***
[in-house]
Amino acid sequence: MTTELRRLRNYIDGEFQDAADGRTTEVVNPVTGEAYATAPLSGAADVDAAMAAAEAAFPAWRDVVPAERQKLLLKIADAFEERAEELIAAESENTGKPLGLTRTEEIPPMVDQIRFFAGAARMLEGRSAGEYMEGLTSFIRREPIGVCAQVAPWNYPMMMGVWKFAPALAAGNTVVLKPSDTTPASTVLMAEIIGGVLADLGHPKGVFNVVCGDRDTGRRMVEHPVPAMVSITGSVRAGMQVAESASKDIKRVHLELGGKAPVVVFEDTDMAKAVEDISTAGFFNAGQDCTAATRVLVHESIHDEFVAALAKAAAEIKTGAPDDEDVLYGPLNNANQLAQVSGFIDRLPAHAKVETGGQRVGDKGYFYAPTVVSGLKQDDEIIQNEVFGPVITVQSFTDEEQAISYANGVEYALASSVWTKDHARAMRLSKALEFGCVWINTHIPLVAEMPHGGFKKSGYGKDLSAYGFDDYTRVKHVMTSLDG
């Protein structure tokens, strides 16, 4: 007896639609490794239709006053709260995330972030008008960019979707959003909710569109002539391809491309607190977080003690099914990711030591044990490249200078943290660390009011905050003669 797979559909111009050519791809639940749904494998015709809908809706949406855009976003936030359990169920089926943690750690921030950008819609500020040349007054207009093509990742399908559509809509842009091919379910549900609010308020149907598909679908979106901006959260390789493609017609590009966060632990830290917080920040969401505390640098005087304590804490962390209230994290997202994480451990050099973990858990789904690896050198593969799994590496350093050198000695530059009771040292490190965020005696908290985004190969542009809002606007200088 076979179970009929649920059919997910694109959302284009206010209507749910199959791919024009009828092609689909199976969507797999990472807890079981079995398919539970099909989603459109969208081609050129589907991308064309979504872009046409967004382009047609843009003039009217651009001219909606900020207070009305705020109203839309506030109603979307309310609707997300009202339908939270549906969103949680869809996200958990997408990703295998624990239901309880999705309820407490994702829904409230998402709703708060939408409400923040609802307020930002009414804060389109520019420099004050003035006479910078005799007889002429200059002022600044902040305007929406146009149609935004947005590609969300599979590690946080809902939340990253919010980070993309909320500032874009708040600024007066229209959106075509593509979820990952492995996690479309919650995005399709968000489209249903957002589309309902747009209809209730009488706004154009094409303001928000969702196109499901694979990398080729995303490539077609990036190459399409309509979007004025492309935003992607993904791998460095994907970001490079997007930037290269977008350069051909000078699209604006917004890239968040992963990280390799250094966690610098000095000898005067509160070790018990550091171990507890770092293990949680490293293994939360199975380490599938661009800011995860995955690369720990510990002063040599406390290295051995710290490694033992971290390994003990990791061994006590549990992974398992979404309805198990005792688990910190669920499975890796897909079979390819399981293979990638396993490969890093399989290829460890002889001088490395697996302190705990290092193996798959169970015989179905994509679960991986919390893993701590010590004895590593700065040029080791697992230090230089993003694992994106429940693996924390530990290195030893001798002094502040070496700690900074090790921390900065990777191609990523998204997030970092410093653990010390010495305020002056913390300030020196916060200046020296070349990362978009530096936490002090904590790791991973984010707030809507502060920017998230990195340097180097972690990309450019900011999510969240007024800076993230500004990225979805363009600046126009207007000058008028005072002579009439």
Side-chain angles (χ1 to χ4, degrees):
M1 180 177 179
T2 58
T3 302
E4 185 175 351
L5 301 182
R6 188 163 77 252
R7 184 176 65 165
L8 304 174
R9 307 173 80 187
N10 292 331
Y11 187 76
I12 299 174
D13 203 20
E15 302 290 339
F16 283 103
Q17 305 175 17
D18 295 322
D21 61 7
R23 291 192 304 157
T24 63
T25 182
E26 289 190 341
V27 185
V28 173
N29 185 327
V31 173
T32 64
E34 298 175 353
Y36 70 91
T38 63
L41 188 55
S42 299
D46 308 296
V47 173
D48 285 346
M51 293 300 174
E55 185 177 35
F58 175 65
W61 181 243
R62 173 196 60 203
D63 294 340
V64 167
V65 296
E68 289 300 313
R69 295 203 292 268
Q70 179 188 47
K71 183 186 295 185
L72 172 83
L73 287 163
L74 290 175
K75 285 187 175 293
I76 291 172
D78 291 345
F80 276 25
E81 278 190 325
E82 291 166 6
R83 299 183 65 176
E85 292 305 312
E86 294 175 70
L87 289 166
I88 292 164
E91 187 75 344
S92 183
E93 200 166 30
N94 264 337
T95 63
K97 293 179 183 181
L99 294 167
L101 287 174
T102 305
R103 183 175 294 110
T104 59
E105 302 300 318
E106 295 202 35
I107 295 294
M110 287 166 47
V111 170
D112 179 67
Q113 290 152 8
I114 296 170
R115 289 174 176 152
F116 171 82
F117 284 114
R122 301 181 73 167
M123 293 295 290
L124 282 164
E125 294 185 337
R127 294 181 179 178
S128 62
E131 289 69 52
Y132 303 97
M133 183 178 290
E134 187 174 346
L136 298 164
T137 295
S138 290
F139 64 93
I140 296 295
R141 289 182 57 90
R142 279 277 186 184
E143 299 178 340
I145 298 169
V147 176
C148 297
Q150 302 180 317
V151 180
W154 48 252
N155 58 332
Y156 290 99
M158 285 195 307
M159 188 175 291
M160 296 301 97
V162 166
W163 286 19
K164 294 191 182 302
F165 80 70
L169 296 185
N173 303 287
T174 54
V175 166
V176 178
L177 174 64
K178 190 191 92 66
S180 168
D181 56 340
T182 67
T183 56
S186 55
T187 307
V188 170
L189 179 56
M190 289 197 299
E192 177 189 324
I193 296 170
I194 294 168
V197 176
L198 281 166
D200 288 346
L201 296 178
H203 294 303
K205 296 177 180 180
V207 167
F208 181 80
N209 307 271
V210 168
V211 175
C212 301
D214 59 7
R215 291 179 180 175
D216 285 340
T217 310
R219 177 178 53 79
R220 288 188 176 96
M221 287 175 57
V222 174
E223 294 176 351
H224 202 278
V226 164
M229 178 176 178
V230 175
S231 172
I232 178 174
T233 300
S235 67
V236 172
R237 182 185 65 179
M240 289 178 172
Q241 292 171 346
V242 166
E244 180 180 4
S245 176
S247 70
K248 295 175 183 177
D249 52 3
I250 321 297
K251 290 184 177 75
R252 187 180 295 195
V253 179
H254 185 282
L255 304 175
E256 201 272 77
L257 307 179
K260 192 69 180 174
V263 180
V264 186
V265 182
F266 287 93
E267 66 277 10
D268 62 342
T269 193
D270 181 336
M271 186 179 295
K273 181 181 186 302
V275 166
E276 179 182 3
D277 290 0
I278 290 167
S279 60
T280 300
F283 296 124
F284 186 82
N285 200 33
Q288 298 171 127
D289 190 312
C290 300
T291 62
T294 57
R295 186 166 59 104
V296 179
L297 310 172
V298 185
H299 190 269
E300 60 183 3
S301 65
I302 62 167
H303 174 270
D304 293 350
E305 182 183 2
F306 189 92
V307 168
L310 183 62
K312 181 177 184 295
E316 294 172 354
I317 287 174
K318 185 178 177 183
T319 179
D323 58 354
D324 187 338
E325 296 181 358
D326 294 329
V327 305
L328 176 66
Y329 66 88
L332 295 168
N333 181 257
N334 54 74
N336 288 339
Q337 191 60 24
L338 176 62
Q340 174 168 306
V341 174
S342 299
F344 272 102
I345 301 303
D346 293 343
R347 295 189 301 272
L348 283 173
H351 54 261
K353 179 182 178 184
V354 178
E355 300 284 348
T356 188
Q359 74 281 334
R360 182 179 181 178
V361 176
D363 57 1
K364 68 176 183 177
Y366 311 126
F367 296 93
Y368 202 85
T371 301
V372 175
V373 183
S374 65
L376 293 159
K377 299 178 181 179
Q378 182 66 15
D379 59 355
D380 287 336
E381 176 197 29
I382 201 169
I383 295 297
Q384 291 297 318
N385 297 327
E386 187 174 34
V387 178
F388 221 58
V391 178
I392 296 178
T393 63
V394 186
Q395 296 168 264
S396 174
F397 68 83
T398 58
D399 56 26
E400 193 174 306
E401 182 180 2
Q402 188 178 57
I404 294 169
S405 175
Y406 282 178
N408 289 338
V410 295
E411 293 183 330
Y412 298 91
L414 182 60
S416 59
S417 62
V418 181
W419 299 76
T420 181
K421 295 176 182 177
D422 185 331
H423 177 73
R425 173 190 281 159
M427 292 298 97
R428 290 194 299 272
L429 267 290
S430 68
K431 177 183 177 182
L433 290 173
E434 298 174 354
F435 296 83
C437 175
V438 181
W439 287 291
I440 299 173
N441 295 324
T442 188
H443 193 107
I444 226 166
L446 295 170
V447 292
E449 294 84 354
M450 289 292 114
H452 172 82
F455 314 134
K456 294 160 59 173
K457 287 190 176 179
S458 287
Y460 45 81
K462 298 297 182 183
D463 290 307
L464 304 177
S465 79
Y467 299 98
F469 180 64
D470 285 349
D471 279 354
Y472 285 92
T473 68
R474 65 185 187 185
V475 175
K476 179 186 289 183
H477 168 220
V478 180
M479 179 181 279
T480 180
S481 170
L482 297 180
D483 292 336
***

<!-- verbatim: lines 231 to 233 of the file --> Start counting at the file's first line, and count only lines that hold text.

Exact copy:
D323 58 354
D324 187 338
E325 296 181 358